My Dinner With Andrei

by , under Fiction Prompts, What Pegman Saw

I know you cannot speak. Trust me. This is for the best.

Perhaps you have heard the stories. That I cut their tongues out and ate them, slit them like grain sacks and swallowed their innards like borscht. Or that I was in KGB and went about on the Moscow trains with the organs of my victims in my attache case.

These tales are fabulous, imaginative, even terrifying. I give you the choice to believe them or not. I will neither conform nor deny my alleged reputation.

Your eyes tell me that you wish to know why. This wish is a human failing. We are comforted by cause, yet words are inadequate. An entire world lies beyond language. It is a perverse irony, then, that words are our only tool for the understanding of causes.

Is experience itself a sort of understanding? This question you will soon settle for yourself.

 

What Pegman Saw

Based on a true story.

  1. k rawson

    Holy crap that’s good! The voice is superb–compelling, frightening and hypnotic. And though there’s no dialect, the sense that it’s spoken in a Russian accent is clear. This frightening character literally rose off the page and reached his hands around my neck. And now that I see the real life story, I can see why.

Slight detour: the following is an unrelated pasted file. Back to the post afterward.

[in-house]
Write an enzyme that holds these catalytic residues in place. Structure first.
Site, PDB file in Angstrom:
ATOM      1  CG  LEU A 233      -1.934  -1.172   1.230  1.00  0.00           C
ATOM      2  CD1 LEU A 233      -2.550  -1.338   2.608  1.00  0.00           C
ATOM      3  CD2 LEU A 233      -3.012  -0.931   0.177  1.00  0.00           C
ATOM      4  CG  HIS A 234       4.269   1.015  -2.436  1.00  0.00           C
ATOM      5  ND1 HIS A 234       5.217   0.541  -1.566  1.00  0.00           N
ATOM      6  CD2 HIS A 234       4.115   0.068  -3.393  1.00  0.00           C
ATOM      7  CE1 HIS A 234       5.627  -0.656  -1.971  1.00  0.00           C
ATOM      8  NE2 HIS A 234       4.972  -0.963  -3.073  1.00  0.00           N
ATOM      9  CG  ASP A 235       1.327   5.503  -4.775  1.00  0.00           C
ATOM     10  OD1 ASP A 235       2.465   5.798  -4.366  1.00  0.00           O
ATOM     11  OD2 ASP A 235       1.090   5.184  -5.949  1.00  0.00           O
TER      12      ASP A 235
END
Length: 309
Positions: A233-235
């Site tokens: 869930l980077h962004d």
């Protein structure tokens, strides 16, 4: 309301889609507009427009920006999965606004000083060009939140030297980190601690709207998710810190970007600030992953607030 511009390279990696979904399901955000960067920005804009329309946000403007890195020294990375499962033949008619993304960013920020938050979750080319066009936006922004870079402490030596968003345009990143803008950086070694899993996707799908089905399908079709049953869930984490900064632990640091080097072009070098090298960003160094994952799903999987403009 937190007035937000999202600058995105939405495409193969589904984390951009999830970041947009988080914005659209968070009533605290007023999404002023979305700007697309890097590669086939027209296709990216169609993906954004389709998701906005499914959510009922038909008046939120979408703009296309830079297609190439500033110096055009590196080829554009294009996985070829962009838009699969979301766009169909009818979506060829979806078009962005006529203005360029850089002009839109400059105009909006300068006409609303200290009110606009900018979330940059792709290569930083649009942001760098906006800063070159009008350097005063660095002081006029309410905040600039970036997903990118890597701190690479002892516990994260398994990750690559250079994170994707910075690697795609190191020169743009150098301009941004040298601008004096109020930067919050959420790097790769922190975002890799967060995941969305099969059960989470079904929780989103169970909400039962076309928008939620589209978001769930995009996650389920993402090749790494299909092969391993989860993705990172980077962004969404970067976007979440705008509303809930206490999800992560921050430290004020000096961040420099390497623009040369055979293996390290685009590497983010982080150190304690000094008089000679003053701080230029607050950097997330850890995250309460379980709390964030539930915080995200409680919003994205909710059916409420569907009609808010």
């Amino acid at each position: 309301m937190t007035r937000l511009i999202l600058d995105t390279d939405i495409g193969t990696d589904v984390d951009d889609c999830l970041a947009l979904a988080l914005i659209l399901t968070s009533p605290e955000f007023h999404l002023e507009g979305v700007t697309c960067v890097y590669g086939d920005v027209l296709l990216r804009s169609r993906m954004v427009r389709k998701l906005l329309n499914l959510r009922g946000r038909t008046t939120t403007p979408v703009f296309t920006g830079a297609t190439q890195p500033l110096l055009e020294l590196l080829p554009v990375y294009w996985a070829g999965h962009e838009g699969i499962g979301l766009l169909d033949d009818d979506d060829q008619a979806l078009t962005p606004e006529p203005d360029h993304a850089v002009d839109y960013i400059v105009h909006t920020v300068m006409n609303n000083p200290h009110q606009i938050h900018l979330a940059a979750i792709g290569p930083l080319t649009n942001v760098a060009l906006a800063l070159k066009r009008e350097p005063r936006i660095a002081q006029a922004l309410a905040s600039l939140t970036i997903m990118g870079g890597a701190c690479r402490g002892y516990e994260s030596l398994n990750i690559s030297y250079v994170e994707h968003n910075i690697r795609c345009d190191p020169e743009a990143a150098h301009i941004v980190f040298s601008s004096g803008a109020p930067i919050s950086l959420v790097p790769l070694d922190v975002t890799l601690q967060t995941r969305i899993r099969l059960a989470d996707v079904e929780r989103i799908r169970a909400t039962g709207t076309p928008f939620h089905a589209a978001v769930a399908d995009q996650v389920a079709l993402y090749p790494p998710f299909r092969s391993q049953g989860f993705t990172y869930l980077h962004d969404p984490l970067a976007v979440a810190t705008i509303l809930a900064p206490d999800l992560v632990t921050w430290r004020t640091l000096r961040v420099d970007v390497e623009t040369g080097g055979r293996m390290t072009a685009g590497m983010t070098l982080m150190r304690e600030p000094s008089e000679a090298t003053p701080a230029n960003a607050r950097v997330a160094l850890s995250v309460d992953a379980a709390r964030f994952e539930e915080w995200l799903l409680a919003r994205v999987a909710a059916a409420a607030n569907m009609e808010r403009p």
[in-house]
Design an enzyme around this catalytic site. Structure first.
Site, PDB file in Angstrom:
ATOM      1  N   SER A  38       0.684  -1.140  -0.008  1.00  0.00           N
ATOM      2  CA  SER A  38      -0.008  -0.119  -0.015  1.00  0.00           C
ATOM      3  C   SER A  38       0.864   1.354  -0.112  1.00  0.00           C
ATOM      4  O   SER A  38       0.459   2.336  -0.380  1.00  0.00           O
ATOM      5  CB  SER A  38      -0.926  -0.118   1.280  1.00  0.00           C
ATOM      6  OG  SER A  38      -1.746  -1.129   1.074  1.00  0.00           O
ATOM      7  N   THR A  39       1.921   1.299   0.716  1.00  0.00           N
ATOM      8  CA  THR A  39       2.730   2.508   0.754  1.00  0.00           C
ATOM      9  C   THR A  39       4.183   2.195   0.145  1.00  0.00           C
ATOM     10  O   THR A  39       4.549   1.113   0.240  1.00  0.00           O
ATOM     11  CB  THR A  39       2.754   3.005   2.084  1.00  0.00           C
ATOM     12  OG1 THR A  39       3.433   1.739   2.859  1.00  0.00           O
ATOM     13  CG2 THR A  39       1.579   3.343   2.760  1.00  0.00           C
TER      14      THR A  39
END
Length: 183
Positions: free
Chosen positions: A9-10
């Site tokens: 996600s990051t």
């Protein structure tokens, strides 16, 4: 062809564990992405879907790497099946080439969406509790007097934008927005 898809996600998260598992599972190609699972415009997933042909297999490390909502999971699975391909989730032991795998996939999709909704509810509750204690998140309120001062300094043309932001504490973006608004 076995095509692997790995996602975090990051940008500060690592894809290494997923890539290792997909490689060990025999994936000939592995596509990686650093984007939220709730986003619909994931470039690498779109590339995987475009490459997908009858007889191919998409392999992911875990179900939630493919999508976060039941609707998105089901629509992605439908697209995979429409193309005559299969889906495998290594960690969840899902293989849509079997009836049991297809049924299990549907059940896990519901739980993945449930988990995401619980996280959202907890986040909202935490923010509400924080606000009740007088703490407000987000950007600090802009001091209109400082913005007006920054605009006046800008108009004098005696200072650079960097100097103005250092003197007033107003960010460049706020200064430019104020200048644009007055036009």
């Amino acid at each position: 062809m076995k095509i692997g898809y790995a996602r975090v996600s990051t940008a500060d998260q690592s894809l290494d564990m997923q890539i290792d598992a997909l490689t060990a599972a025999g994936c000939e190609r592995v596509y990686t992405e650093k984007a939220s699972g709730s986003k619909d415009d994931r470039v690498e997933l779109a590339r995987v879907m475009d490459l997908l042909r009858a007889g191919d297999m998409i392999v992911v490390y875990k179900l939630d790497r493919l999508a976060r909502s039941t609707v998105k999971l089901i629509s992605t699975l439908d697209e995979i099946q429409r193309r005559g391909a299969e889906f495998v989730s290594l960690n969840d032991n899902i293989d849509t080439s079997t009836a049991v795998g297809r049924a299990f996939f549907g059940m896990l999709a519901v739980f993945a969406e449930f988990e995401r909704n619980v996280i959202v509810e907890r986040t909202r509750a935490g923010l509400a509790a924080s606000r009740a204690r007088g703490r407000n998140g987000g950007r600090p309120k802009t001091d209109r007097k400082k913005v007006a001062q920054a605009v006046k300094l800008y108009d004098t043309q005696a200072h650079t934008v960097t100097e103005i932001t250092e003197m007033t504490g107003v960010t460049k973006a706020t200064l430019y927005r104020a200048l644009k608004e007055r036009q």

Reply
  2. pennygadd51

    I agree 100% with Karen about the voice. I would also add that the plot (which is the victim’s growing understanding of their imminent fate) is fabulously paced, speeding up, then a rhetorical question (where we all gasp) and an answer that is like the first twist of the knife in the wound.
    Great writing!
    PS I hated the story – I hate horror…

    Reply
  3. Alicia Jamtaas

    What can I say? Everyone else said it all. The voice, the creepy idea, the matter-of-fact tone of the main character. So very well done, sir.

    (I will neither conform – did you mean confirm here?)

    Reply
  4. EagleAye

    If that guy were interrogating me, I’d pray for death. Probably wouldn’t get it, but I’d pray anyway. He’s terrifying! Great story.

    Reply
  5. Michael B. Fishman

    Great story. And I agree with the first comment that even though the story isn’t written in dialect, it reads that way. And thank you for the link to the NYT article.

    Reply

Don't just stand there.